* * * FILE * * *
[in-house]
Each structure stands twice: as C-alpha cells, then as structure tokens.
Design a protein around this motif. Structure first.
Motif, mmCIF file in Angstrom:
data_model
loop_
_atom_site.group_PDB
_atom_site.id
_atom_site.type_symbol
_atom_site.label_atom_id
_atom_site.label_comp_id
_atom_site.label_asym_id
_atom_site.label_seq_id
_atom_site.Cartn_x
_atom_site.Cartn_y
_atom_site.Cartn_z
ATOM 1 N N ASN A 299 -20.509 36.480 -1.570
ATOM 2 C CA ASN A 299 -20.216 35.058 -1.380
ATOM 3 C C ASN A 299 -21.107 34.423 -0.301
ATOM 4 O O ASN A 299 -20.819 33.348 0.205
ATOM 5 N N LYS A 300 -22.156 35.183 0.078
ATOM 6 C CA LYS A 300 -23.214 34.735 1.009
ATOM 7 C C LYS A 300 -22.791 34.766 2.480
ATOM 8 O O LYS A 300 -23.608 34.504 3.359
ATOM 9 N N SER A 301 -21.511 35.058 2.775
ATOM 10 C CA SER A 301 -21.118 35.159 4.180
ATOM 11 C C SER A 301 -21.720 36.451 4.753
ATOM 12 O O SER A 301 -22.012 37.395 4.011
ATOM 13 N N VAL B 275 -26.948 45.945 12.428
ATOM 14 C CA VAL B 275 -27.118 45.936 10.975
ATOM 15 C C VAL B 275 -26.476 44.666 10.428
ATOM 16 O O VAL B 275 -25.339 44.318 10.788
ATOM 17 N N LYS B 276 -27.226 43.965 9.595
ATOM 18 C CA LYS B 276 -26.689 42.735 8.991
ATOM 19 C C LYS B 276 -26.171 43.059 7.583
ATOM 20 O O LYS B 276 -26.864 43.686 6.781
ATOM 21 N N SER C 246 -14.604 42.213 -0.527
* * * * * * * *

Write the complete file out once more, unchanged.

[in-house]
Each structure stands twice: as C-alpha cells, then as structure tokens.
Design a protein around this motif. Structure first.
Motif, mmCIF file in Angstrom:
data_model
loop_
_atom_site.group_PDB
_atom_site.id
_atom_site.type_symbol
_atom_site.label_atom_id
_atom_site.label_comp_id
_atom_site.label_asym_id
_atom_site.label_seq_id
_atom_site.Cartn_x
_atom_site.Cartn_y
_atom_site.Cartn_z
ATOM 1 N N ASN A 299 -20.509 36.480 -1.570
ATOM 2 C CA ASN A 299 -20.216 35.058 -1.380
ATOM 3 C C ASN A 299 -21.107 34.423 -0.301
ATOM 4 O O ASN A 299 -20.819 33.348 0.205
ATOM 5 N N LYS A 300 -22.156 35.183 0.078
ATOM 6 C CA LYS A 300 -23.214 34.735 1.009
ATOM 7 C C LYS A 300 -22.791 34.766 2.480
ATOM 8 O O LYS A 300 -23.608 34.504 3.359
ATOM 9 N N SER A 301 -21.511 35.058 2.775
ATOM 10 C CA SER A 301 -21.118 35.159 4.180
ATOM 11 C C SER A 301 -21.720 36.451 4.753
ATOM 12 O O SER A 301 -22.012 37.395 4.011
ATOM 13 N N VAL B 275 -26.948 45.945 12.428
ATOM 14 C CA VAL B 275 -27.118 45.936 10.975
ATOM 15 C C VAL B 275 -26.476 44.666 10.428
ATOM 16 O O VAL B 275 -25.339 44.318 10.788
ATOM 17 N N LYS B 276 -27.226 43.965 9.595
ATOM 18 C CA LYS B 276 -26.689 42.735 8.991
ATOM 19 C C LYS B 276 -26.171 43.059 7.583
ATOM 20 O O LYS B 276 -26.864 43.686 6.781
ATOM 21 N N SER C 246 -14.604 42.213 -0.527